New US policy will increase competition for Israeli scientists

Research funding may drop as US grants are redirected domestically.

By
March 9, 2009 22:37
2 minute read.
New US policy will increase competition for Israeli scientists

fetal stem cells 248.88. (photo credit: Courtesy)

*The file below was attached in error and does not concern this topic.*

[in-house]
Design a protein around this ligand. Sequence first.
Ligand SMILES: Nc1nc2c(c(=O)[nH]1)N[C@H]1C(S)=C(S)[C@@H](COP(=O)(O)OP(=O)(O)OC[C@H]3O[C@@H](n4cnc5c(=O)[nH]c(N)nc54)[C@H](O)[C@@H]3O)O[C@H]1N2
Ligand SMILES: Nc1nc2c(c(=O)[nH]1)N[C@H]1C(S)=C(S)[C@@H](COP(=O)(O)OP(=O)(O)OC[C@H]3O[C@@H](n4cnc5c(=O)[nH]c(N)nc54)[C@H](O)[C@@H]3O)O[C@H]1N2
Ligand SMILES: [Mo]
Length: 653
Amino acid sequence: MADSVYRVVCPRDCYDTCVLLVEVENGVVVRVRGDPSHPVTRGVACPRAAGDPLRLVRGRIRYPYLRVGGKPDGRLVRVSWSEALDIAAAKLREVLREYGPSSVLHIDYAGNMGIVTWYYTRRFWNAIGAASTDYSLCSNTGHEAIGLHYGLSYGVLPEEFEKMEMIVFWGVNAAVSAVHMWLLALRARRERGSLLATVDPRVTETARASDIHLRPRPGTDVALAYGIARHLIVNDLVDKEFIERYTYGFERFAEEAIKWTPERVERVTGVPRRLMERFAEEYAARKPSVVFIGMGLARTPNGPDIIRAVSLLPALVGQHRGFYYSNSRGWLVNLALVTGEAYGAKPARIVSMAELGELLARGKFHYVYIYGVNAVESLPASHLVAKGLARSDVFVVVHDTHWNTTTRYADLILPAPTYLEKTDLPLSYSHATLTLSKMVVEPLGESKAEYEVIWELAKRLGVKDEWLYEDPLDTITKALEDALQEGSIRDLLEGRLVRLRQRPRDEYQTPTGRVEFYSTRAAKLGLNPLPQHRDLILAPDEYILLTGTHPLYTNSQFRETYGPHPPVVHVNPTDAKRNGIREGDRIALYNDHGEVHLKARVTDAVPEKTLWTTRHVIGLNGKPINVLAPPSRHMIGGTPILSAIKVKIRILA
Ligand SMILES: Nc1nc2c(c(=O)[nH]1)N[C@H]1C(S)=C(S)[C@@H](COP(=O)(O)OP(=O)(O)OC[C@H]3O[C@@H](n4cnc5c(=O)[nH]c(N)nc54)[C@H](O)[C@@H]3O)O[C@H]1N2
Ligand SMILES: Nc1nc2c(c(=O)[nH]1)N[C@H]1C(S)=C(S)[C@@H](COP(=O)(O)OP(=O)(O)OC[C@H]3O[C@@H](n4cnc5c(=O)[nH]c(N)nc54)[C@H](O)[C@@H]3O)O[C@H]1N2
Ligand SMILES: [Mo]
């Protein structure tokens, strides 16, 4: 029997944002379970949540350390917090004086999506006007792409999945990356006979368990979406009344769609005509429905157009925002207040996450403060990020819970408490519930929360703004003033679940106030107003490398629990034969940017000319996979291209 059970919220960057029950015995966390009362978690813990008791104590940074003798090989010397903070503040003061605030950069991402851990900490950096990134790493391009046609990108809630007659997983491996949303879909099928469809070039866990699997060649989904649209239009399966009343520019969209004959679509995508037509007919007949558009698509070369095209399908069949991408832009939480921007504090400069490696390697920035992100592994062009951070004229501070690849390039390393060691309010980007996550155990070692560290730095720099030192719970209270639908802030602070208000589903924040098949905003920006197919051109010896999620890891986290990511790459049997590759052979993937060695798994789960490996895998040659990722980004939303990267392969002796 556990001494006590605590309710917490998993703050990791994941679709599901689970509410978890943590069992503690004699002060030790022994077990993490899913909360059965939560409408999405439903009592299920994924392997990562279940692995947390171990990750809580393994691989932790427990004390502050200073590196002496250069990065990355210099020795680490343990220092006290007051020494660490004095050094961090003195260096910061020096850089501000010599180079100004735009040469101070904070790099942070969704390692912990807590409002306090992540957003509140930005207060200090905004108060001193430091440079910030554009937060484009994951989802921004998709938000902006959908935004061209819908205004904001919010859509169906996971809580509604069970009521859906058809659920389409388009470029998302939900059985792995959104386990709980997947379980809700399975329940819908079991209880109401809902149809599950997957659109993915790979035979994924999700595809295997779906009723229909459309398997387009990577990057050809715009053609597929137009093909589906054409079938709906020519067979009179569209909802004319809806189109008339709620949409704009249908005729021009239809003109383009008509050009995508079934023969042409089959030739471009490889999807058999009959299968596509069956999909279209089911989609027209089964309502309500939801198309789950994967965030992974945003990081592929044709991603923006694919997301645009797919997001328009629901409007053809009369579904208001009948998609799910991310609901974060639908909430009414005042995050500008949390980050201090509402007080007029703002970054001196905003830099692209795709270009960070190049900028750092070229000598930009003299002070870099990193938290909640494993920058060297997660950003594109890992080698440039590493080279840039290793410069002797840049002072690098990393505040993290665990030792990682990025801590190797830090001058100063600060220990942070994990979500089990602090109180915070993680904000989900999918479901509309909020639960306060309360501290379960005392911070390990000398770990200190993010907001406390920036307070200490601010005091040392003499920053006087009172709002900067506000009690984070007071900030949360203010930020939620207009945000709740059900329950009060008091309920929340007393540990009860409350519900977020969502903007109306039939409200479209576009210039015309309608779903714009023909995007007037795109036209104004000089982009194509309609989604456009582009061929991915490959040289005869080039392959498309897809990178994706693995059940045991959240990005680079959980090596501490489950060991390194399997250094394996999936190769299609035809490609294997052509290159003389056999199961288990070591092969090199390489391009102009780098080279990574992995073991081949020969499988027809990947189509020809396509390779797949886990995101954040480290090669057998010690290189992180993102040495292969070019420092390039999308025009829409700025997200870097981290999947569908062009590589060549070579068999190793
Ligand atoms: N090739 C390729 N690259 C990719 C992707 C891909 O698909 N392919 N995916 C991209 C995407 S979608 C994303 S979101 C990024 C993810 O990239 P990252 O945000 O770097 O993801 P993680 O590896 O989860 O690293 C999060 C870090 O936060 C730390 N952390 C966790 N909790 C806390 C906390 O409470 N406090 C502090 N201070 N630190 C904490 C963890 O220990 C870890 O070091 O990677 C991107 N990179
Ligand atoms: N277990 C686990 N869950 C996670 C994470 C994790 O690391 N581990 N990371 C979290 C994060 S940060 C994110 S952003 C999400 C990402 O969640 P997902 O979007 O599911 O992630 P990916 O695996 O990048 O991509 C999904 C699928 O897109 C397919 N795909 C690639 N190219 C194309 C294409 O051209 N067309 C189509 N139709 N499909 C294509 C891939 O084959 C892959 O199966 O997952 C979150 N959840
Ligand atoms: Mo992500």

Israeli researchers in human embryonic stem cells (hESCs) - who are among the leaders in the world in this field - are likely to face increasing competition for foreign grants as restrictions on US federal funds set down by the Bush administration are rolled back by the Obama administration. Prof. Joseph Itskovitz-Eldor, one of the country's leading embryonic stem cell researchers at Rambam Medical Center and the Technion-Israel Institute and Rambam Medical Center in Haifa, told The Jerusalem Post on Monday that the reversal will "clearly" increase competition. But in the long term, he added, competition is good and can induce Israel to conduct even more intensive and high-level work. The US National Institutes of Health (NIH) recently began to offer "challenge grants" of huge sums, between $500,000 and $600,000 per research group, to stimulate research in a variety of fields, with embryonic stem cells being among them. "This will be a big boost, especially to American researchers who were afraid to go into stem cell research because of US administration limits. Now there will be a major push," Itskovitz-Eldor said. A survey published in Stem Cells in 2006 put Israeli researchers second after the US in the number of publications on stem cells up to the end of 2005 - way ahead of the UK, Korea, China, Singapore, Australia, Sweden and Canada. Two of the four "best hESC papers" ever published in peer-reviewed journals - according to a ranking by the journal - were written by Prof. Benjamin Reubinoff of Hadassah University Medical Center in Jerusalem, with the others by Itskovitz-Eldor and Dr. Shulamit Levenberg of the Technion. Since then, said the Rambam and Technion obstetrician/gynecologist, "our ranking may have declined a bit, especially as Far Eastern countries have dived into hESC research with enthusiasm." Israelis have had pre-eminence in the field for years because there are no limitations on hESC research here except a ban on using them for human cloning. In addition, Jewish law takes a benevolent - even encouraging - view towards the use of medical research with the potential to save lives and regards life as beginning not at conception - especially outside the body - but only once the embryo is 40 days old and in the uterus. The US policy change may "make it harder to retain our pre-eminence and to get NIH funding," Itskovitz-Eldor said, but "competition is good for promoting greater achievements." Routine applications of hESC discoveries for treating patients with chronic disease will take time, but platform technology for growing cells and drug screening that have been developed in Israel are beginning to enter the market, he said. The severe global economic slowdown, he added, is likely to reduce the amount of funding available for research around the world, but the expected spurt in US funding could partly overcome this. Among the Israeli breakthroughs in hESC research have been the halting of the progress of multiple sclerosis in animal models and the improvement of functioning of rat models with Parkinson's disease. Years ago, Reubinoff and his team, working with colleagues in Singapore and Australia, were the second in the world to produce stem cells from human embryos.


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